Evacuation of Texas : translation of the Representation addressed to the supreme government / by Vicente Filisola, in defence of his honor, and explanation of his operations as commander-in-chief of the army against Texas. Page: 49 of 72
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second mortification, for wishing to maintain a post entirely
Annexed is a general statement of the army as it exists in
this place, Bexar, and different detachments which include the
force with which general Urrea has marched to Matamoros.
I have the honor, your Excellency, to repeat the protestations
of my great consideration.
God and Liberty. Guadalupe Victoria, May 14th. 1836.
Viante Filisola. To his Excellency, the secretary of war and
Army of operations.-Excellent Sir:-Since my despatch
to your Excellency, dated 14th instant, seeing that the town of
Guadalupe Victoria is nothing more than ten or twelve wooden
houses, scattered along the left bank of the river Guadalupe,
which was, besides, a very bad military position,I determined to
march to the town of Goliad, which being situated on the right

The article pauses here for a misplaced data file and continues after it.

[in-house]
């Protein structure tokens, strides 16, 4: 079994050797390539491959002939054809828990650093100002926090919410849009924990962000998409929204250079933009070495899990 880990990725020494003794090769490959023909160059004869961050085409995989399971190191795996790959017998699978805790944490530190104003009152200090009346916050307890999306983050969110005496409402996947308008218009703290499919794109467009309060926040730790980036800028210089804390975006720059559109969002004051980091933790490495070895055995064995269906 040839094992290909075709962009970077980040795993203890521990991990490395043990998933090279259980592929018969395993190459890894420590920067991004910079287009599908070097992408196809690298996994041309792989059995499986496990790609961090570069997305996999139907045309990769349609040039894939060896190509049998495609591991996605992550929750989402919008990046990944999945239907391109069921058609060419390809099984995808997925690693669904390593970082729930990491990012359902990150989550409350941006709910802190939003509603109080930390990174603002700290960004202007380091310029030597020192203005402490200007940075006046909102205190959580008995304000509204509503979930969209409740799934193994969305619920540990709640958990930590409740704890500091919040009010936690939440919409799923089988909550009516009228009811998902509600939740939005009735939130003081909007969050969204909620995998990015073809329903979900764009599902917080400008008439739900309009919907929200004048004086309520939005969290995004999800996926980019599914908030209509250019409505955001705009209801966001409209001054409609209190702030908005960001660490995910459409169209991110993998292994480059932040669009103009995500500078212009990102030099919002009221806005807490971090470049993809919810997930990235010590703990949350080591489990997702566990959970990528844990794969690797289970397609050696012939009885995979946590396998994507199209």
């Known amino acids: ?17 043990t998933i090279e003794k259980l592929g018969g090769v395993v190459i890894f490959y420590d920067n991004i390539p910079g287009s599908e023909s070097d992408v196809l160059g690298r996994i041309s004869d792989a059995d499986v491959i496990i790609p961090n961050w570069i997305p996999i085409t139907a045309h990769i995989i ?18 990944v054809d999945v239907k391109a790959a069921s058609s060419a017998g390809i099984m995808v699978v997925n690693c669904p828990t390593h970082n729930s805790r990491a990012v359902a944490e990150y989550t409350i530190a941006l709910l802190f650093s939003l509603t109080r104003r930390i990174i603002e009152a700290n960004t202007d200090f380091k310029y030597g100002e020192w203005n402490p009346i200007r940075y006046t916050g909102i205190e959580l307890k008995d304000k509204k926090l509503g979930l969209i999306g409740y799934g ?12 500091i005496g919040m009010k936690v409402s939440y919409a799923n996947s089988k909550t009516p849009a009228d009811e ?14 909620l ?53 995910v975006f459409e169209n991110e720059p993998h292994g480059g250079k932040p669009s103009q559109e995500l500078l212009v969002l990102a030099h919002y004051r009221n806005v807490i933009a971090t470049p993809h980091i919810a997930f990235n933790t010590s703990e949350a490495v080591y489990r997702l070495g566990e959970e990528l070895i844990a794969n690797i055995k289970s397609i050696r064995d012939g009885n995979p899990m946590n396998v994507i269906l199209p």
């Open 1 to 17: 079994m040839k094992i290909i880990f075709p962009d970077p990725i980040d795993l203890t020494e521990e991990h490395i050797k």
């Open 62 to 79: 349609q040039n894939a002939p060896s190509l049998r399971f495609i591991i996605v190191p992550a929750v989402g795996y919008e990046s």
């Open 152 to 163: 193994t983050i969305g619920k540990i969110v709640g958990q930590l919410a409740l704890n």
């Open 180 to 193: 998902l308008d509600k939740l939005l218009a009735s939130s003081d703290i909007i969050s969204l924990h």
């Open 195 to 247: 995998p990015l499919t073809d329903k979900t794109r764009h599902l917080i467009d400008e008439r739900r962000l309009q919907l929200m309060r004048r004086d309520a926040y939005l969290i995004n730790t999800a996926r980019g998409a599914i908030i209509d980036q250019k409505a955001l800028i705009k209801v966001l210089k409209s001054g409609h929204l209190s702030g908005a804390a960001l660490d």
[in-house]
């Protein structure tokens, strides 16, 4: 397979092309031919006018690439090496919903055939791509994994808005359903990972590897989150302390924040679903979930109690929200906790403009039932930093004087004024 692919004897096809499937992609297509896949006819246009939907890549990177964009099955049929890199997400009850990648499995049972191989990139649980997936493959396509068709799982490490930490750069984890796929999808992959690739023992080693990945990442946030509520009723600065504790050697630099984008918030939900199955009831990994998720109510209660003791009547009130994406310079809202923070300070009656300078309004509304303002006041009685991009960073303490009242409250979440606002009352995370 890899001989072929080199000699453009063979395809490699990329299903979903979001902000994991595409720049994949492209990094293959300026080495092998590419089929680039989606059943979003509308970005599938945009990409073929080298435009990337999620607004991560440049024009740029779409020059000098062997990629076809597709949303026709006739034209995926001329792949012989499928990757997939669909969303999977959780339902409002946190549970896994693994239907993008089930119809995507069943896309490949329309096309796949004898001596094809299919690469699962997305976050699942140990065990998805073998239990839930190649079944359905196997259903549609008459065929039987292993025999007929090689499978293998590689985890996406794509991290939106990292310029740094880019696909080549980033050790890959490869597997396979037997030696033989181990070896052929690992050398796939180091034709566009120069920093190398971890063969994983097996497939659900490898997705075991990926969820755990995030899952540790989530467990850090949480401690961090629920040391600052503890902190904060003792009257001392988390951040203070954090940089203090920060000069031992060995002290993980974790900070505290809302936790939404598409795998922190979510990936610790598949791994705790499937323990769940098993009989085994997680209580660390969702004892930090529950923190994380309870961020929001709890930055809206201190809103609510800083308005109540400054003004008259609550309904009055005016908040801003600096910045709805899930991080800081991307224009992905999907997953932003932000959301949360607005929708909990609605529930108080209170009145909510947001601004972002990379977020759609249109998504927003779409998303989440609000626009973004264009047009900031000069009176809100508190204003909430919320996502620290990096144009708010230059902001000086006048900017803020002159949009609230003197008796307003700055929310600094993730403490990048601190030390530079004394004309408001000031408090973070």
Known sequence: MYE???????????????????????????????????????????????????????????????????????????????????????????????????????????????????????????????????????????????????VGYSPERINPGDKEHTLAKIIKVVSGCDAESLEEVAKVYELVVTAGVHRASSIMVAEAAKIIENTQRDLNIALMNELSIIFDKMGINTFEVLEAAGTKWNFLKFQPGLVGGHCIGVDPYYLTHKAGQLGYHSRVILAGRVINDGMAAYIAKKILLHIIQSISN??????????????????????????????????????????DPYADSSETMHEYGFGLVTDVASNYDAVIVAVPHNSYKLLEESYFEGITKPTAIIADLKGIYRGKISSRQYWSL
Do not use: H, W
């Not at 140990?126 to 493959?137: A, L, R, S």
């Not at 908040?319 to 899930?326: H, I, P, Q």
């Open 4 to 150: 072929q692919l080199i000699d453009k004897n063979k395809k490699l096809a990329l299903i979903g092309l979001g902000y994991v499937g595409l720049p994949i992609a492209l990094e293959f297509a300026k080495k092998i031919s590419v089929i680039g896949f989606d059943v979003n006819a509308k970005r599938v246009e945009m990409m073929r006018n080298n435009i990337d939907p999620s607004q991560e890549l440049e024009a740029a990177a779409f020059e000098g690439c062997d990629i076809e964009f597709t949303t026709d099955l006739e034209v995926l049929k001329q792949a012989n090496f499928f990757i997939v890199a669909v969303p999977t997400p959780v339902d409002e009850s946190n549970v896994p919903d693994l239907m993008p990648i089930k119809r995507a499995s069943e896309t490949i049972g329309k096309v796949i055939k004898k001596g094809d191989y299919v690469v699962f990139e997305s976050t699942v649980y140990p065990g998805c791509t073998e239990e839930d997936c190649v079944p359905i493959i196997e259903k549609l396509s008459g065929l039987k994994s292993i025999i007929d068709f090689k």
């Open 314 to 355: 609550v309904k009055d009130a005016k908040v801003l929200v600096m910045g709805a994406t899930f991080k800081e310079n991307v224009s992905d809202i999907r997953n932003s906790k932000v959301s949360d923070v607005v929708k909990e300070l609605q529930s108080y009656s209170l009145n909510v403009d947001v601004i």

bank of the San Antonio, unites, besides the advantages of being
ten leagues nearer Bexar and the port of Copano, whence the
army ought to receive provisions.
The town of Goliad is what was formerly called Bahia del
Espiritu Santo; it was reduced to an old quadrangular enclosure,
extending one hundred and fifty paces on each aide, co*taining
in it a small church and the barracks of the frontier dragoons,
who protected it: around it were from twenty-five to
thirty huts, some of stone and mud, and others of wood, and five
small brick houses of one or two rooms each. The colonists
whom general Urrea fought when they abandoned it, burnt all
these dwellings, which were converted to cinders, and the army
in consequence had to live bivouacked. The troops have destrmyed
their clothing in seven month's continual marching, duriag
which they have passed the night sleeping on the ground with
their clothes on, daily employed in making fagots of all kinds,
and wanting even soap to wash themselves, because those places
do not furnish materials for constructing huts, nor fire-wood to
cook with, having finished the remains of the huts that escaped
the burning, which-was made use of for them. The weather
began to be extremely warm, and the dew that fell at night was
equal to a shower of rain; these circumstances have completed
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Filísola, Vicente. Evacuation of Texas : translation of the Representation addressed to the supreme government / by Vicente Filisola, in defence of his honor, and explanation of his operations as commander-in-chief of the army against Texas., book, 1837; Columbia, [Tex.]. (texashistory.unt.edu/ark:/67531/metapth6110/m1/49/: accessed April 30, 2017), University of North Texas Libraries, The Portal to Texas History, texashistory.unt.edu; .